Re: Finally decided to write a Litrpg, need help deciding which premise is most interesting.

#1
So as im not really keen on giving plot details ill give a basic premise and depending on what you guys think ill start writing and in a month or so post a test chapter. Mostly this is a challenge to myself to see if i am cut out for writing or not so be gentle.
Story 1- Lamia born in a dungeon and Farms it for items in order to make money selling those items to the human kingdom. (slight Comedy elements)
Story 2- Soldier fighting the demon army dedicates her life to the cause only for the 16 hero the church summoned to annihilate the army in a single spell. she then retires and goes to make her own town in the woods. the rest of the story revolves around her slowly making a town where the survivors of the battle congregate including demons.
Story 3- Reincarnated into a merfolk with elements similar to more traditional litrpgs such as azarinth healer or BTDEM. Level ups and Fights galore.

Have some storyboard for all three so its really up to what others would find interesting.

Re: Finally decided to write a Litrpg, need help deciding which premise is most interesting.

#2
Honestly, none of them. Maybe it's just the way you described them, but they all sound incredibly generic to me. 

If I HAD to pick one, probably the second. A story where the survivors of a war come together and learn to heal from the emotionally scarring experience sounds alright, though I could see it getting boring if there wasn't something of a plot. Also, the first part about a young hero annihilating the demons with one spell, is just so goofy and it immediately turns me off. 

With all this said, my opinion is worthless if you write it well. 

DrakanSweat

Re: Finally decided to write a Litrpg, need help deciding which premise is most interesting.

#3
First, a gentle suggestion: don't ask for people to be gentle. If you're fragile, you won't deal well when you get your inevitable first 0.5 rating. If you can't handle that, then you know you're not cut out for publication (which is different from "writing").

Second, don't worry about spoilers here. Only a small fraction of the readership haunts this forum (especially this subforum), and anyway the forum itself is basically a giant writer's group. We come here not just to hang out, but to give advice and get advice. 

Third, what I find most interesting in this list is #2, though I'm filling in some blanks. As Fushia said, it's very generic. If the hook is something like "What happens to the ordinary people after the summoned hero wins and goes home?," if the story happens after the battle (so you don't start with the wrong impression), and if you concentrate on consequences and a little bit of kingdom building, then you have a potential story that won't feel like just another clone.

If so, I highly recommend reading some books on ordinary life in similar cultures to what you describe. The Time Traveler's Guide to Medieval England is probably the best single resource for medieval Western elements. I don't personally know of one for Japan or China but I'm sure they exist. The more detail you can provide, the better it is for the "stuff we normally ignore after the adventure" premise.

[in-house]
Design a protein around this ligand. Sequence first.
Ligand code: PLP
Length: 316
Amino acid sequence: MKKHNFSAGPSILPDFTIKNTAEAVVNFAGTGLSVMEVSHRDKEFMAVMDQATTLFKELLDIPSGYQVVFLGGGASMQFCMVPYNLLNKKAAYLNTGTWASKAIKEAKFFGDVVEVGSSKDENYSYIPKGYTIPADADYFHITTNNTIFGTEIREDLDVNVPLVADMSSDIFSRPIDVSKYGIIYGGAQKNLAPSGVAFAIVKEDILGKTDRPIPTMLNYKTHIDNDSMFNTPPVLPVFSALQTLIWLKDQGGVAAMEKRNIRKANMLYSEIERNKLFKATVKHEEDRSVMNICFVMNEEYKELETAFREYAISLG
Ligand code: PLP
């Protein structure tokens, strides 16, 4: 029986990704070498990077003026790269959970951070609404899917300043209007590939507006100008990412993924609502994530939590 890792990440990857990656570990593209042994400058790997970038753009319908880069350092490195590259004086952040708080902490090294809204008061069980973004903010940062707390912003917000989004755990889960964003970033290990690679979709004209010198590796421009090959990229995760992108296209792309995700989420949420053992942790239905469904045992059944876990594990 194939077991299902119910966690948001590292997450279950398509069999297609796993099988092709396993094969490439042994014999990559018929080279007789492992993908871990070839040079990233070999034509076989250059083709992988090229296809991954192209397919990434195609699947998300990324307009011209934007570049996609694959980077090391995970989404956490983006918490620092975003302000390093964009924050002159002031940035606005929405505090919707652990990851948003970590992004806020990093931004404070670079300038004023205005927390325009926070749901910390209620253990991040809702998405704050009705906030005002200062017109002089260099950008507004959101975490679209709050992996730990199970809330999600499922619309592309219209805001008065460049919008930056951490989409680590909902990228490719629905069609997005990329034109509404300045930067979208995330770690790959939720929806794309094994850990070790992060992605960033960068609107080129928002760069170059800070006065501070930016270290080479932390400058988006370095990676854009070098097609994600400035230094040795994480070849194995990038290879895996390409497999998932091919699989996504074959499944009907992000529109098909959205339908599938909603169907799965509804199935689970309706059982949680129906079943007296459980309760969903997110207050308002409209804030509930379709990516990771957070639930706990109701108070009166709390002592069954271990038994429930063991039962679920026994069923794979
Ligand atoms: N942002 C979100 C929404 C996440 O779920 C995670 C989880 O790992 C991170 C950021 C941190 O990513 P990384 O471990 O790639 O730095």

You still need a good plot, of course, even if you're sticking to a slice of life pace. 

Re: Finally decided to write a Litrpg, need help deciding which premise is most interesting.

#5
What could be interesting is tying up all three of the stories into one. Perhaps the Merfolk destroyed the demons' army and the cause of the war was the Lamia selling items to a human kingdom sparking a war between the church's officials and the merchants and nobles on the other side. This could fold out into a general holy war with the demons taking advantage of the general unrest attacking, then story 2 begins? 

Not entirely sure the story was a good premise, but it may be worth it to interconnect the stories together in some way, even if it is just a backstory.

Re: Finally decided to write a Litrpg, need help deciding which premise is most interesting.

#7
Honestly none of them. However keep in mind whether a story idea is good or not is entirely dependent on how well it is executed and how well the story is written. You can have the dumbest idea ever for a story. But if you write really well, then you will pull in an audience.

Story 1: The Premise feels a little too generic, as there's been quite a few isekai stories written where the protagonist starts out in a dungeon, farms it to become powerful, then eventually leaves. Selling the loot gained in it is a slightly different take, but I mean, that's precisely what adventurers doing dungeon delves do right? Thus the only thing going for it is the protagonist being a lamia, which, of all the fantasy races, it's probably the least appealing (to me personally, others may differ).

Story 2: Feels very much a slice of life story, and is a very doable premise. But you will need some really good skills in writing to fully pull off and portray the kind of emotional environment necessary for it. The inter-species tension between humans and demons, the turmoil and loss following a war, the grievances and hatred that may sprout, dissidents intent on potentially wiping out the other side at all costs, etc, differences in living conditions and necessities etc. Secondly, this story needs an overarching goal outside of "just survive and recover", and it should be something that takes the story and expands it beyond the confines of the village itself and its internal politics. This story seems like the most massive undertaking of the three, but if you feel you can pull it off and pull it off well, then go for it. Grammar aside, whether it is appealing or not will entirely depend on how well you write it.